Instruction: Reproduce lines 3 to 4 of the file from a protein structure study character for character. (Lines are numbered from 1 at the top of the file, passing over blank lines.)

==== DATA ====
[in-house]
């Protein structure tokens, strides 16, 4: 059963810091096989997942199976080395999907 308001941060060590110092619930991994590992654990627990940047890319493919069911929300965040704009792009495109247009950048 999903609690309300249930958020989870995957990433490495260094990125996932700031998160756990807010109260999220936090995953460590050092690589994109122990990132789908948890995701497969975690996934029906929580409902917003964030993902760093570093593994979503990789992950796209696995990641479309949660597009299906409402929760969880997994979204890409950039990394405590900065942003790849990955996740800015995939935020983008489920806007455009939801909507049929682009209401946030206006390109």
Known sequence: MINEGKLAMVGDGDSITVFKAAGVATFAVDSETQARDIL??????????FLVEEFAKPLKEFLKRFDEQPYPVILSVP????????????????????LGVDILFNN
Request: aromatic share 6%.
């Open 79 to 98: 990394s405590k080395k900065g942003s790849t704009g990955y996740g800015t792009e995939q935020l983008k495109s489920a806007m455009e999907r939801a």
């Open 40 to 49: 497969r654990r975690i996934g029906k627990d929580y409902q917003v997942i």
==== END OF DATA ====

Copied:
Known sequence: MINEGKLAMVGDGDSITVFKAAGVATFAVDSETQARDIL??????????FLVEEFAKPLKEFLKRFDEQPYPVILSVP????????????????????LGVDILFNN
Request: aromatic share 6%.